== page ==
Latest California Healthline Stories
In an interview with California Healthline, the state’s Senate leader, Toni Atkins, makes clear that with social-distancing measures in force it will be difficult to debate and pass complicated budget measures ― but public health, education and public safety will be priorities.
A new state law limits what consumers owe if they’re transported by an air ambulance that’s not part of their insurance network to the amount that they’d be charged if they used an in-network provider. But the law won’t protect millions of consumers whose health plans aren’t regulated by the state.
Jane Garcia is CEO of La Clínica de La Raza, which operates more than 30 clinics in the San Francisco Bay Area serving a high percentage of immigrant patients. She has challenged state and federal immigration policies in court, including the Trump administration’s recent attempt to expand the “public charge” rule.
Dr. Anton Nigusse Bland, a veteran of public health psychiatry, was appointed by San Francisco’s mayor earlier this year to a newly created job: director of mental health reform. His main task is to improve mental health and addiction treatment for people experiencing homelessness.
Kate Gordon, director of Gov. Gavin Newsom’s Office of Planning and Research, is tasked with identifying and mitigating the risks of climate change in California. She spoke to California Healthline about how that work intersects with health, and how residents can get involved.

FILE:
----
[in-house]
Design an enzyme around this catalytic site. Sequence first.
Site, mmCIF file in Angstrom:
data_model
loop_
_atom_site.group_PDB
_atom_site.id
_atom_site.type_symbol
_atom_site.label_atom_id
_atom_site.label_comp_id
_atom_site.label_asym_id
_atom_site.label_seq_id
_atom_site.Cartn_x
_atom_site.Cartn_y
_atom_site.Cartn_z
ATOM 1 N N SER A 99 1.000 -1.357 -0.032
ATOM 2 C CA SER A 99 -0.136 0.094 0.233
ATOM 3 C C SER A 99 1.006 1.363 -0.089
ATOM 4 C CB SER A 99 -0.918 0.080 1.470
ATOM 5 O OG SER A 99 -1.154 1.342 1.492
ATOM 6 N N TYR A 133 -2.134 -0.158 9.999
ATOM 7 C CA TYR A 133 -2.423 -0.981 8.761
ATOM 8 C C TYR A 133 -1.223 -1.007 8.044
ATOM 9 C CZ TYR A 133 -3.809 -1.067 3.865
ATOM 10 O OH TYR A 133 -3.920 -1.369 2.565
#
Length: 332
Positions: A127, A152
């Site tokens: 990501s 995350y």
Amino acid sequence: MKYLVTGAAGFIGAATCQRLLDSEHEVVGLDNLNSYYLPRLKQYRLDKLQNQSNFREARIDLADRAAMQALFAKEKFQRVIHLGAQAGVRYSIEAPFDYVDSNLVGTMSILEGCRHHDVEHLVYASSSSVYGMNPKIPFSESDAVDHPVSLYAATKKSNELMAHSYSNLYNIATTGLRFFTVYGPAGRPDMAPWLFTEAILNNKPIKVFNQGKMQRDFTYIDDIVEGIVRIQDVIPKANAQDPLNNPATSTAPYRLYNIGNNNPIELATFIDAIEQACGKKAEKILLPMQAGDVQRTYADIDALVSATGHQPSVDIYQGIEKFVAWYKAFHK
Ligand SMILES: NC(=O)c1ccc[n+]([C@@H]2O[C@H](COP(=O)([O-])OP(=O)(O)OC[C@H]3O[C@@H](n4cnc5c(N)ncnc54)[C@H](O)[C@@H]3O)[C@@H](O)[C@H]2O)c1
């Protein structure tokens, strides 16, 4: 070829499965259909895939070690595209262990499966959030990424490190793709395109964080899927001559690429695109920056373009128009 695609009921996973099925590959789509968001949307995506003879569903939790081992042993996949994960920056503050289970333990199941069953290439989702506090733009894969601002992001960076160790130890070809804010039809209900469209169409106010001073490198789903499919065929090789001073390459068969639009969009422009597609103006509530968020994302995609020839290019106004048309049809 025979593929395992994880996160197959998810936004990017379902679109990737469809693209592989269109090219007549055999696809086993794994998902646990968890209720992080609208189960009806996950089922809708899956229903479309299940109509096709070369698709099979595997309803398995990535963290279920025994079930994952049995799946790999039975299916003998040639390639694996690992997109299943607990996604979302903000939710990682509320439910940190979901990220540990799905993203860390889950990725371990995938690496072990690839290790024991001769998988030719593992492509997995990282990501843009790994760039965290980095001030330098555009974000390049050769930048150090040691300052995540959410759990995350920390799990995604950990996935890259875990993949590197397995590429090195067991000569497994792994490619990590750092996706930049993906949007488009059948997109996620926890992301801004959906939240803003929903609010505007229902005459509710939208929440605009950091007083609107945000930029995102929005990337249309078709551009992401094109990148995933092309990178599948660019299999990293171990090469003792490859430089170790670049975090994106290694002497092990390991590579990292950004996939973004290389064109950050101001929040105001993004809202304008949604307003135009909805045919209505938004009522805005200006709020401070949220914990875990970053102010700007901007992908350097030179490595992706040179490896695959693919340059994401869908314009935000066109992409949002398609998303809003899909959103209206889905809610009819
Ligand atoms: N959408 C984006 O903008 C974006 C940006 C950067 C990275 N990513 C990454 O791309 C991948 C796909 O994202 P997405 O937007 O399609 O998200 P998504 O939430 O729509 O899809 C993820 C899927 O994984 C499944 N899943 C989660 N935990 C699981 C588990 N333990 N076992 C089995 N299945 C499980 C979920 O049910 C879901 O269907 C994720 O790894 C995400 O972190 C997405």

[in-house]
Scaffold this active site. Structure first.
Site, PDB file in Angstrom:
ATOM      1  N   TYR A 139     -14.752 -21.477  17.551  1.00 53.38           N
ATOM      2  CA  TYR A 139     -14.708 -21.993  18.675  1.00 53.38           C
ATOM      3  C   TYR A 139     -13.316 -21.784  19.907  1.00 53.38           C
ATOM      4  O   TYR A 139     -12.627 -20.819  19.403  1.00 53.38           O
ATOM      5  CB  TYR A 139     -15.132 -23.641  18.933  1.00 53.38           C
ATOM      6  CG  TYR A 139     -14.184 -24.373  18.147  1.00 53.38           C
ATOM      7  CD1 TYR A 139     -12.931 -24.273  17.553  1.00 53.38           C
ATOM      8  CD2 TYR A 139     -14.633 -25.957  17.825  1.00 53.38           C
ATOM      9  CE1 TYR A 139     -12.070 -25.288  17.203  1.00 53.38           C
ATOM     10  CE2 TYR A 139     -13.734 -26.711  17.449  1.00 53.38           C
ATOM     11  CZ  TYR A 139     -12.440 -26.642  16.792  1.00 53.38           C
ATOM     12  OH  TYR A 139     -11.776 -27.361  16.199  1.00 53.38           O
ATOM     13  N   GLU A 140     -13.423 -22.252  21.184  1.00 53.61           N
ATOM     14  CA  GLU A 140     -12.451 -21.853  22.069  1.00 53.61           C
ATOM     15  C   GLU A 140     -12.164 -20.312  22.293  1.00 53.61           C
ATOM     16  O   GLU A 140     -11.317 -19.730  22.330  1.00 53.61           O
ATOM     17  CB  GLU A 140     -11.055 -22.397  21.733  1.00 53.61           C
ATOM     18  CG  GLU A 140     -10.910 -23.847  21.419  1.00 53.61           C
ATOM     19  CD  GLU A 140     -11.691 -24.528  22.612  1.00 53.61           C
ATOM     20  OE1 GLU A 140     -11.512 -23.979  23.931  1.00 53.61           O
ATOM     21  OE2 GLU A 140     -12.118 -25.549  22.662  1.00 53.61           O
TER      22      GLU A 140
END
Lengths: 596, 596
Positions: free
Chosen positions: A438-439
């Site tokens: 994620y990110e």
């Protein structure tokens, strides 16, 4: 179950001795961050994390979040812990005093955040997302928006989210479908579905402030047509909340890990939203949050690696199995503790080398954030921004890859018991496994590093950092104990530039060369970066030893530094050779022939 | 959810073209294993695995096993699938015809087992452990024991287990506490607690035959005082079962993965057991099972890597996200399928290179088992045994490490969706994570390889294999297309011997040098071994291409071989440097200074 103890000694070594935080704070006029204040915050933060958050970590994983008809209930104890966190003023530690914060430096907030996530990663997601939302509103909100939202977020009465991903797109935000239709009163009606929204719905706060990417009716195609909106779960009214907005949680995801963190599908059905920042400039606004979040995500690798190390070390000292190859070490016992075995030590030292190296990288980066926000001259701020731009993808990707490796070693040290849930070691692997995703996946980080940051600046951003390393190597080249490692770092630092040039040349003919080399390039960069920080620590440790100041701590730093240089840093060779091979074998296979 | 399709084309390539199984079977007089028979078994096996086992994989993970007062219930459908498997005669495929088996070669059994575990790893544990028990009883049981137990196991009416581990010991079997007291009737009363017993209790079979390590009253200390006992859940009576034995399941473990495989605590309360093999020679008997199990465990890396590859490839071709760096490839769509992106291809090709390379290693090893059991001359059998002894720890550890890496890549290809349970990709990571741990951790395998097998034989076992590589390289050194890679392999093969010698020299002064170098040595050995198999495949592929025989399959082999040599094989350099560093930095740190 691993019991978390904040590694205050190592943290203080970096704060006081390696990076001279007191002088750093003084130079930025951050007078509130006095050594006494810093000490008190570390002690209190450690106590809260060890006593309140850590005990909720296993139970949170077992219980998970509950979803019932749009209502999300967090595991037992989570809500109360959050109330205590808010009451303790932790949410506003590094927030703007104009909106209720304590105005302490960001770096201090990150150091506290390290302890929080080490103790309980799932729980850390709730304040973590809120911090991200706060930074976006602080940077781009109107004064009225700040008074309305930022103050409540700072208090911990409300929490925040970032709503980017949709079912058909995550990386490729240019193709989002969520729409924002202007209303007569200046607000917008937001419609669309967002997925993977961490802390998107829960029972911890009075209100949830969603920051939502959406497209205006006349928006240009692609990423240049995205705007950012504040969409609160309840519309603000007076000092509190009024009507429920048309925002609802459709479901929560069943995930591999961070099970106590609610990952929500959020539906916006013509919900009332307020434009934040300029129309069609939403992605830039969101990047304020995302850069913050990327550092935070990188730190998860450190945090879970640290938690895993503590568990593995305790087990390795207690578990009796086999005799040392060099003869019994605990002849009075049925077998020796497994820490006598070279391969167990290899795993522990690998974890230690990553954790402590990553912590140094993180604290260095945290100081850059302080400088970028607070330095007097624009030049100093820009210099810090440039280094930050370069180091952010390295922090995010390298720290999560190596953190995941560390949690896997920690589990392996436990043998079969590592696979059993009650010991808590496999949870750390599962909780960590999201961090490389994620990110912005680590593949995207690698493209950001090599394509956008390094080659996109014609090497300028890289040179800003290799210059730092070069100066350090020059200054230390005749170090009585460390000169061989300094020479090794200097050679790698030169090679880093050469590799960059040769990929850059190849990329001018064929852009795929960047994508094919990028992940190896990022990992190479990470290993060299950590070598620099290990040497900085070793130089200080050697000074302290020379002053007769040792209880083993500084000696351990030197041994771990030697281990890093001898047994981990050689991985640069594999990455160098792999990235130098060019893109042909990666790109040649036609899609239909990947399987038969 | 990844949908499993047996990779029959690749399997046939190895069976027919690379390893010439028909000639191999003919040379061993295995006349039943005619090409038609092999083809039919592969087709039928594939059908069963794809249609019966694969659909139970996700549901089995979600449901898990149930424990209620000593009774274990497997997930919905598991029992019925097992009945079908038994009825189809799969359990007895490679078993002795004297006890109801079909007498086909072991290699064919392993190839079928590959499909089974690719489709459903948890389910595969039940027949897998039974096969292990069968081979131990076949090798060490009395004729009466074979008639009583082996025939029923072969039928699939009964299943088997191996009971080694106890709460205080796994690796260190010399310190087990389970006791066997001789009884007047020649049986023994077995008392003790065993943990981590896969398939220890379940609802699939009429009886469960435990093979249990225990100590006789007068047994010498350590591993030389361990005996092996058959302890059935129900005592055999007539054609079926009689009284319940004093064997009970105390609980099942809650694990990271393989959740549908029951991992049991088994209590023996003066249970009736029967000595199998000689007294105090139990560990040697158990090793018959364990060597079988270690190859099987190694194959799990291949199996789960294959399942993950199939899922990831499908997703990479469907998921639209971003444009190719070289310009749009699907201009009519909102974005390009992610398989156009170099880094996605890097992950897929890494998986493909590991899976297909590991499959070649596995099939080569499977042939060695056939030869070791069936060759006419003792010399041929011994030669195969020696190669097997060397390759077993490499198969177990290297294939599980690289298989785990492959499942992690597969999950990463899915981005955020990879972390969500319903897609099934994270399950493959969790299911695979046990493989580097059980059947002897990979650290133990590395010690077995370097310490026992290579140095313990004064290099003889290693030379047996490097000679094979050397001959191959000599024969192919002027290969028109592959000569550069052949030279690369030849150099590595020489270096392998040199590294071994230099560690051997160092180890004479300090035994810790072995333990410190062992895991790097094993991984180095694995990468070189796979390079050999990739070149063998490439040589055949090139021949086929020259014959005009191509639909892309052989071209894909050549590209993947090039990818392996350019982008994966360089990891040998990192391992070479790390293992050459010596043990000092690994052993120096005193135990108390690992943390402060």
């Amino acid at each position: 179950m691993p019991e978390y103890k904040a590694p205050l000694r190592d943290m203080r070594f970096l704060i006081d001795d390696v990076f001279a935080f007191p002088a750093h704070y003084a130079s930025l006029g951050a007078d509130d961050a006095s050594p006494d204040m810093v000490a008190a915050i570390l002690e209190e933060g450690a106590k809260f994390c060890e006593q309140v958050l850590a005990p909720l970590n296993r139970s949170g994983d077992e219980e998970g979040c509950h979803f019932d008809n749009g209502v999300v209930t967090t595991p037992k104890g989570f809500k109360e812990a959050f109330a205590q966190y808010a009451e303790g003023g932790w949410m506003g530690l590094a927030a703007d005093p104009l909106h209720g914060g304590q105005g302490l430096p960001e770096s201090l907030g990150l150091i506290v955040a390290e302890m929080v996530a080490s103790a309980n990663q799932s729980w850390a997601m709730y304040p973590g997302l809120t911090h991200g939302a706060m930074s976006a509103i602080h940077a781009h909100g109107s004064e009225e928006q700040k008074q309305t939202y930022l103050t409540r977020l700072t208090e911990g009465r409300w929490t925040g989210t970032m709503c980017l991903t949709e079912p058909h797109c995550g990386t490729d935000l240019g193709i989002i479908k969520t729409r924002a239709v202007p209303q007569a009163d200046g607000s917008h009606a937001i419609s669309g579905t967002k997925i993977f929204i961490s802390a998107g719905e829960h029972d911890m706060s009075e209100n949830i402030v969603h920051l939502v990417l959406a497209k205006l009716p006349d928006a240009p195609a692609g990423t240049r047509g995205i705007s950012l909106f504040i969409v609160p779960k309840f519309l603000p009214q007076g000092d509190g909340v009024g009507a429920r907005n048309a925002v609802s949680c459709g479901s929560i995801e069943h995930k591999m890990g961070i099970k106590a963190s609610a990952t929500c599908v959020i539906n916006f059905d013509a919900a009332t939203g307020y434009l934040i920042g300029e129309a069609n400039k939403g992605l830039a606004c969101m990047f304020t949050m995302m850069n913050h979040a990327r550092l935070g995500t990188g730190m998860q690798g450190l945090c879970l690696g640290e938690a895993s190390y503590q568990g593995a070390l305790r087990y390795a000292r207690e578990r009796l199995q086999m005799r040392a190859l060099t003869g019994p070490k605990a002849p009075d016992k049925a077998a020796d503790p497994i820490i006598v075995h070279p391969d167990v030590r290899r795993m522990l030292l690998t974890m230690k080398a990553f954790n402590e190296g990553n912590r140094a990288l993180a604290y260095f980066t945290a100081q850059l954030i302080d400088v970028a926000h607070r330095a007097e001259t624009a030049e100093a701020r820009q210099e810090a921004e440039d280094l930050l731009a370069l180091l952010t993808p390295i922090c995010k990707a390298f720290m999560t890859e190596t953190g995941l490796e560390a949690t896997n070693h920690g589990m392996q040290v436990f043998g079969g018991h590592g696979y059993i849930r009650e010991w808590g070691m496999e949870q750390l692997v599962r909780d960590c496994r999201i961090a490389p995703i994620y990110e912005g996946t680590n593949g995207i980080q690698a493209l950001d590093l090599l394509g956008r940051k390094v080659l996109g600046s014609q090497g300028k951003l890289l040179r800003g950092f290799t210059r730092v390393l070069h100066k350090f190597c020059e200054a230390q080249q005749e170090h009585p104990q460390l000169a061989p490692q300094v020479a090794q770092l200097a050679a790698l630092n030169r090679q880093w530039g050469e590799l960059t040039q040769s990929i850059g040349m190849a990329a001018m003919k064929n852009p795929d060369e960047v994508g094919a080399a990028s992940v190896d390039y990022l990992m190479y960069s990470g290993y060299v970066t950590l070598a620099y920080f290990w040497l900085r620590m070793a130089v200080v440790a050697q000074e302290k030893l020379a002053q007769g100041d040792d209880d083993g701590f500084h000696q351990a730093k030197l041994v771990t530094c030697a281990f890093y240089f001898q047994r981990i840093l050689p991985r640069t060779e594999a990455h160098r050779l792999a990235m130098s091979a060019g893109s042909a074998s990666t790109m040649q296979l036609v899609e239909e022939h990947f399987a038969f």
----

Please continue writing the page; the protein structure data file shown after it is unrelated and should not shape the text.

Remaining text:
By 2030, an estimated 1 in 5 Californians will be 65 or older, and the state is creating a “master plan” to address their needs. Lawmakers, advocates, local officials and others gathered in Sacramento on Monday to tackle issues of greatest concern, such as long-term care and housing for low-income seniors.
Barbara Van Rooyan lost her son to the drug 15 years ago and has fought ceaselessly since then to hold Purdue Pharma accountable for its role in the opioid crisis.
Throughout her young life, Sylvia Colt-Lacayo has been told her disability didn’t need to hold her back. She graduated near the top of her high school class. She was co-captain of the mock trial team. In April, she learned she had been admitted to Stanford University with a full scholarship. Now, the struggle to fund the caregivers she needs to leave home is proving her toughest battle yet.
Thomas Insel, who ran the National Institute of Mental Health for 13 years before casting his lot with Silicon Valley, is taking a temporary break from his senior position at a health care startup to advise Gov. Gavin Newsom on how to remake mental health care in the Golden State.
In an exclusive interview, a West Virginia physician says that back in 2015 he had a sense a patient’s illness “probably wasn’t the first case ever seen nor would it be the last.” Was it a sentinel event?